Jack Del Rio made two bold decisions on the offensive side of the ball and the results were stunning. Now, with a year under Offensive Coordinator Dirk Koetter's and quarterback David Garrard's belts, Koetter says the best is yet to come.
"I'm thrilled we could keep our staff together," Koetter said of the Jaguars' offensive coaches. "If you can keep your staff together and modify your system, you have a chance to get better and we will get better."
The improvement on offense in 2007 was as stunning as it was dramatic. Del Rio supplied the drama by naming Koetter, who had never previously coached in the NFL, as the team's new coordinator, and then naming Garrard the team's starting quarterback just nine days before the season began.
"To be named the starter just nine days before; it's hard to believe how we were playing offensively late in the year. You look at the (season-opener) and we were horrendous," Koetter said.
By season's end, the Jaguars offense was machine-like. The Jaguars set a team record for points (411, 25.7 per game), touchdowns (50), touchdown passes (28) and yards per play (5.6). The Jaguars ranked seventh in the NFL in total offense (357.4), which tied for the second-highest ranking in franchise history, and gained 400-plus yards in a team-record seven games, including a team-record five consecutive games.
Most notably, the Jaguars scored 24 or more points in 10 consecutive games for the first time in team history. Yeah, that's the big one, points. Nothing speaks louder than points.
Koetter and his offensive staff began their postseason analysis on Monday. It should be a happy week.
"That's the beauty of the technology today. You can look at yourself every which way. We're looking at ourselves play by play. We break down the efficiency of that play and then we talk about how we could coach it better," Koetter said.
Late in the season, the coaching couldn't have been better. Early in the season, Koetter was so disappointed by his own performance that he went so far as to apologize to his players for his ultra-conservative play-calling in the season-opener.
"I definitely grew this year. There was definitely a lot of anxiety," Koetter said of coming out of college football without so much as a day of experience on the NFL level.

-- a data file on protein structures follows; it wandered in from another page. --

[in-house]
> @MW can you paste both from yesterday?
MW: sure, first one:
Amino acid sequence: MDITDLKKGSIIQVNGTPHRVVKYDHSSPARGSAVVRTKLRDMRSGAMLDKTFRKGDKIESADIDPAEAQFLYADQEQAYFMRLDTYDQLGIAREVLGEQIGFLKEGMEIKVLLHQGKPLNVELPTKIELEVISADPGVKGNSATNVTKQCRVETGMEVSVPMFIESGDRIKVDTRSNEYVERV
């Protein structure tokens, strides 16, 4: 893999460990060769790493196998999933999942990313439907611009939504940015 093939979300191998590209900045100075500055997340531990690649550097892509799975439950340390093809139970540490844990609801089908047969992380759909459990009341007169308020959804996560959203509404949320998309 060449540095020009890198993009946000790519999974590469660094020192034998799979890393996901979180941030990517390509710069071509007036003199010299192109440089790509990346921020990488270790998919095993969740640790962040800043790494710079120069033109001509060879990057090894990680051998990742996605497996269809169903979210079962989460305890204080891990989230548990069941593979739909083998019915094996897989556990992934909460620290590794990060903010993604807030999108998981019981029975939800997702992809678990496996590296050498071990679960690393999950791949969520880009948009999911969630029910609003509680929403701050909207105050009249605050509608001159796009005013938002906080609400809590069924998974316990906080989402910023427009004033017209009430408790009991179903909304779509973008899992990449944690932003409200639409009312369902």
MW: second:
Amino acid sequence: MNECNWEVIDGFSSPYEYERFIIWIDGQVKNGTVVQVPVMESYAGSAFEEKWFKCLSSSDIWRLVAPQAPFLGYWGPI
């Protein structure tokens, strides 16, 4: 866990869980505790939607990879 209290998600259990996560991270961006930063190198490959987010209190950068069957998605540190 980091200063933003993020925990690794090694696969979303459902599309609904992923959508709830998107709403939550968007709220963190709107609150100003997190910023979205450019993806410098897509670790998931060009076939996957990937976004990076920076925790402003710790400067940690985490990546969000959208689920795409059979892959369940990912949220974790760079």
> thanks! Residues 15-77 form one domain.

"How bad I screwed up in the last two minutes of the first half in Denver, spiking the ball. That was definitely a screw up. We were ridiculously conservative in the first few games. That was me," Koetter said.
"I had some anxiety for what an NFL coach-player relationship is like. I think they found that if they had good suggestions for me, I would listen," he added.
Koetter and Garrard grew together. Garrard got hot early, battled through a high-ankle sprain that caused him to miss three games at midseason, and then stepped back under center to cap the best season of his life. All the while, Koetter was in the process of becoming the league's hot, new coordinator. It was a winning combination.
"We got to a point that we played with a lot of confidence. From that point on, our players felt that in every game we were going to be tough to stop. We got a lot of confidence in the second Indy game; when we got started with that string of scoring 24 a game. We always thought we could run the ball. We were throwing the ball better. We were doing things good offenses do," Koetter said.
• The Jaguars had 10 plays of 50-plus yards, the second-most in team history; established a team record with eight touchdowns of 50-plus yards.
• Fred Taylor (1,202 yards rushing) and Maurice Jones-Drew (768) combined to rank second in the NFL for the second consecutive season, as they finished with 1,970 rushing yards.
• The Jaguars ranked sixth in the NFL with a 45.7 third-down conversion percentage, and tied for sixth in the NFL with 60 plays of 20-plus yards (16 runs, 44 passes).
"David's confidence grew and as his confidence grew the staff's confidence in him grew and we did more things. Not only did he blossom as a quarterback, but he blossomed as a leader," Koetter said of Garrard.
When Koetter was hired to replace Carl Smith last winter, it was ostensibly to reclaim Byron Leftwich's career. To that end, Leftwich made strides in training camp, but Garrard made giant leaps. On Aug. 31, Del Rio took the plunge, naming Garrard the starter and effectively cutting Leftwich. It was a move for which Del Rio was immediately assailed. By season's end, he was being praised.
"The pressure to live up to: Did Jack make the right call? I've never seen David get balled up. He's so even-keeled," Koetter said. "I still think he's got room to go. Now you can really refine things."